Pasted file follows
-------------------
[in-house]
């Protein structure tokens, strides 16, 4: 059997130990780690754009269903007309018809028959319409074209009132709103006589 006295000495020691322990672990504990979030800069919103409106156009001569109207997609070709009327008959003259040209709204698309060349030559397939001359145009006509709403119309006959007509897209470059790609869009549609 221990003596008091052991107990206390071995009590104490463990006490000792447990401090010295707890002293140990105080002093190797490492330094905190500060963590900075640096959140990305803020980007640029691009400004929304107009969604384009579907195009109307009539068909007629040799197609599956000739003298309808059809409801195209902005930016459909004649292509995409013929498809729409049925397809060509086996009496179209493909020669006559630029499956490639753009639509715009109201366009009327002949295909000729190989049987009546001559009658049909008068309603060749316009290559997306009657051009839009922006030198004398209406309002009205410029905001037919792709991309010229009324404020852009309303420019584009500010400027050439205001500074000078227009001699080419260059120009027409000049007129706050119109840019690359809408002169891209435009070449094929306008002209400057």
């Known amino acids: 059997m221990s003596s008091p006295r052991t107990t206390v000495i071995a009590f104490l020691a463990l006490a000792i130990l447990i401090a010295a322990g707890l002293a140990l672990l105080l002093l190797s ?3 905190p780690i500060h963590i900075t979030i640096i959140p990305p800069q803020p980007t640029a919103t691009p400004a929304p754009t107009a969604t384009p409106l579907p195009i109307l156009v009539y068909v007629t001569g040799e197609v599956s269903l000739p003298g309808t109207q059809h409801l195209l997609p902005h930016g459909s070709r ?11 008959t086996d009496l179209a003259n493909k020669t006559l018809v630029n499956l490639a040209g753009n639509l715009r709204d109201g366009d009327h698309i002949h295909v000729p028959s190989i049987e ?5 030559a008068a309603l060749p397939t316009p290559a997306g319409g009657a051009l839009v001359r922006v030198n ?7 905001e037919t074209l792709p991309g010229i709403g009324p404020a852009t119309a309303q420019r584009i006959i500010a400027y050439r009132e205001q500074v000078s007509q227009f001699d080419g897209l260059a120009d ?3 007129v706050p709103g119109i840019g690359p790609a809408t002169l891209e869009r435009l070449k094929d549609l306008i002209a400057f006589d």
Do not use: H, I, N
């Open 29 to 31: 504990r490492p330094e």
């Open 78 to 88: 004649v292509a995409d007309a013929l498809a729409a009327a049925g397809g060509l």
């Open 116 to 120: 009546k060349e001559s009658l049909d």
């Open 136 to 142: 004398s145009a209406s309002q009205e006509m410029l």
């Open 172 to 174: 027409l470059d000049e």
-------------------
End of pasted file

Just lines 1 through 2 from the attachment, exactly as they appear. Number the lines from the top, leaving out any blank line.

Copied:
[in-house]
């Protein structure tokens, strides 16, 4: 059997130990780690754009269903007309018809028959319409074209009132709103006589 006295000495020691322990672990504990979030800069919103409106156009001569109207997609070709009327008959003259040209709204698309060349030559397939001359145009006509709403119309006959007509897209470059790609869009549609 221990003596008091052991107990206390071995009590104490463990006490000792447990401090010295707890002293140990105080002093190797490492330094905190500060963590900075640096959140990305803020980007640029691009400004929304107009969604384009579907195009109307009539068909007629040799197609599956000739003298309808059809409801195209902005930016459909004649292509995409013929498809729409049925397809060509086996009496179209493909020669006559630029499956490639753009639509715009109201366009009327002949295909000729190989049987009546001559009658049909008068309603060749316009290559997306009657051009839009922006030198004398209406309002009205410029905001037919792709991309010229009324404020852009309303420019584009500010400027050439205001500074000078227009001699080419260059120009027409000049007129706050119109840019690359809408002169891209435009070449094929306008002209400057």